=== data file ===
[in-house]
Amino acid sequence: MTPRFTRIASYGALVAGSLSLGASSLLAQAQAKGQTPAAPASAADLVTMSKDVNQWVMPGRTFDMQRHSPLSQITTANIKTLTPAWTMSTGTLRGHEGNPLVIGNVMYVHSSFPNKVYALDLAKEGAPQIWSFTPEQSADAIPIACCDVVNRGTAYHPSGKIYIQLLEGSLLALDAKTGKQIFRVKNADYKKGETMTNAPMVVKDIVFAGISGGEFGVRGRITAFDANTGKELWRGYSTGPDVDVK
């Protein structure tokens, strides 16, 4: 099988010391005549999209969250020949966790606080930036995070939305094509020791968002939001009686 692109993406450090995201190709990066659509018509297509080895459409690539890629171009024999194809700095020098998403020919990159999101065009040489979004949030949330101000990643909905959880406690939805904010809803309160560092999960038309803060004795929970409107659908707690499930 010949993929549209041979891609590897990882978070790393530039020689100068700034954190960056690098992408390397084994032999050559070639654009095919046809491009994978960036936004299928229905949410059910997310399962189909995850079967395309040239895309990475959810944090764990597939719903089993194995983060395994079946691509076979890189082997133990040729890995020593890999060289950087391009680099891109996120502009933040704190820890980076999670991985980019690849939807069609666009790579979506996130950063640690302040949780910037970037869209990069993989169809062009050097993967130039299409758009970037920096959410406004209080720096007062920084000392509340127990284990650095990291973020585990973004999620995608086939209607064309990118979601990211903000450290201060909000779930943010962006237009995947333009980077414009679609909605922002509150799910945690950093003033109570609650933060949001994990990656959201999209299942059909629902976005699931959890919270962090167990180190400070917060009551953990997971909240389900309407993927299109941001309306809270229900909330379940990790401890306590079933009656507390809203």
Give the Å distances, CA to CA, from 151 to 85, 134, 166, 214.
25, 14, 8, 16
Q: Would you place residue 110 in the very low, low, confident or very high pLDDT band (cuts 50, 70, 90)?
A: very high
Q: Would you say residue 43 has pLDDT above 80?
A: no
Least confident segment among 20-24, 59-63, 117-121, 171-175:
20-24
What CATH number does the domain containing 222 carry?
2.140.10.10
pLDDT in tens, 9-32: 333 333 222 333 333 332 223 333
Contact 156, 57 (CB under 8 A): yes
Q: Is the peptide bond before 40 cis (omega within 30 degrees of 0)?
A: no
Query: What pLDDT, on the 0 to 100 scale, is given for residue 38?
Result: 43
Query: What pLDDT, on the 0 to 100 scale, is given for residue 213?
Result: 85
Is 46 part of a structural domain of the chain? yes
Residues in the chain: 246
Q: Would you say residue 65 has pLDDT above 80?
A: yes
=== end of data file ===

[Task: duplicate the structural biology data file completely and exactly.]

[in-house]
Amino acid sequence: MTPRFTRIASYGALVAGSLSLGASSLLAQAQAKGQTPAAPASAADLVTMSKDVNQWVMPGRTFDMQRHSPLSQITTANIKTLTPAWTMSTGTLRGHEGNPLVIGNVMYVHSSFPNKVYALDLAKEGAPQIWSFTPEQSADAIPIACCDVVNRGTAYHPSGKIYIQLLEGSLLALDAKTGKQIFRVKNADYKKGETMTNAPMVVKDIVFAGISGGEFGVRGRITAFDANTGKELWRGYSTGPDVDVK
């Protein structure tokens, strides 16, 4: 099988010391005549999209969250020949966790606080930036995070939305094509020791968002939001009686 692109993406450090995201190709990066659509018509297509080895459409690539890629171009024999194809700095020098998403020919990159999101065009040489979004949030949330101000990643909905959880406690939805904010809803309160560092999960038309803060004795929970409107659908707690499930 010949993929549209041979891609590897990882978070790393530039020689100068700034954190960056690098992408390397084994032999050559070639654009095919046809491009994978960036936004299928229905949410059910997310399962189909995850079967395309040239895309990475959810944090764990597939719903089993194995983060395994079946691509076979890189082997133990040729890995020593890999060289950087391009680099891109996120502009933040704190820890980076999670991985980019690849939807069609666009790579979506996130950063640690302040949780910037970037869209990069993989169809062009050097993967130039299409758009970037920096959410406004209080720096007062920084000392509340127990284990650095990291973020585990973004999620995608086939209607064309990118979601990211903000450290201060909000779930943010962006237009995947333009980077414009679609909605922002509150799910945690950093003033109570609650933060949001994990990656959201999209299942059909629902976005699931959890919270962090167990180190400070917060009551953990997971909240389900309407993927299109941001309306809270229900909330379940990790401890306590079933009656507390809203």
Give the Å distances, CA to CA, from 151 to 85, 134, 166, 214.
25, 14, 8, 16
Q: Would you place residue 110 in the very low, low, confident or very high pLDDT band (cuts 50, 70, 90)?
A: very high
Q: Would you say residue 43 has pLDDT above 80?
A: no
Least confident segment among 20-24, 59-63, 117-121, 171-175:
20-24
What CATH number does the domain containing 222 carry?
2.140.10.10
pLDDT in tens, 9-32: 333 333 222 333 333 332 223 333
Contact 156, 57 (CB under 8 A): yes
Q: Is the peptide bond before 40 cis (omega within 30 degrees of 0)?
A: no
Query: What pLDDT, on the 0 to 100 scale, is given for residue 38?
Result: 43
Query: What pLDDT, on the 0 to 100 scale, is given for residue 213?
Result: 85
Is 46 part of a structural domain of the chain? yes
Residues in the chain: 246
Q: Would you say residue 65 has pLDDT above 80?
A: yes